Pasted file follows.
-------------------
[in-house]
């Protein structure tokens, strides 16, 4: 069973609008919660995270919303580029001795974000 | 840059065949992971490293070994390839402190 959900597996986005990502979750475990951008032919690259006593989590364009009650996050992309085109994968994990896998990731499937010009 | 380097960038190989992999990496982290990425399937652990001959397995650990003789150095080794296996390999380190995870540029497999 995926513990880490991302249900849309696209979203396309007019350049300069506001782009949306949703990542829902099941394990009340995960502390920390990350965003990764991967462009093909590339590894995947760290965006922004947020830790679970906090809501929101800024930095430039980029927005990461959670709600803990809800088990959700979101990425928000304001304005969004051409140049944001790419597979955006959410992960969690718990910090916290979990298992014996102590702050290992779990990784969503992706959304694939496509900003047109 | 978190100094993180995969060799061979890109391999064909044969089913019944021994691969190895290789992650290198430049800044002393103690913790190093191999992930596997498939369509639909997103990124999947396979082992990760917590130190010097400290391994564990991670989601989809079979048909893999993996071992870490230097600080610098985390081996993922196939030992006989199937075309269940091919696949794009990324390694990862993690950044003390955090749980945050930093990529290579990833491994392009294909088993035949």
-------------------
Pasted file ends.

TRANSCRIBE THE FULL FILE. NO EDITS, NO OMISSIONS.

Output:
[in-house]
């Protein structure tokens, strides 16, 4: 069973609008919660995270919303580029001795974000 | 840059065949992971490293070994390839402190 959900597996986005990502979750475990951008032919690259006593989590364009009650996050992309085109994968994990896998990731499937010009 | 380097960038190989992999990496982290990425399937652990001959397995650990003789150095080794296996390999380190995870540029497999 995926513990880490991302249900849309696209979203396309007019350049300069506001782009949306949703990542829902099941394990009340995960502390920390990350965003990764991967462009093909590339590894995947760290965006922004947020830790679970906090809501929101800024930095430039980029927005990461959670709600803990809800088990959700979101990425928000304001304005969004051409140049944001790419597979955006959410992960969690718990910090916290979990298992014996102590702050290992779990990784969503992706959304694939496509900003047109 | 978190100094993180995969060799061979890109391999064909044969089913019944021994691969190895290789992650290198430049800044002393103690913790190093191999992930596997498939369509639909997103990124999947396979082992990760917590130190010097400290391994564990991670989601989809079979048909893999993996071992870490230097600080610098985390081996993922196939030992006989199937075309269940091919696949794009990324390694990862993690950044003390955090749980945050930093990529290579990833491994392009294909088993035949």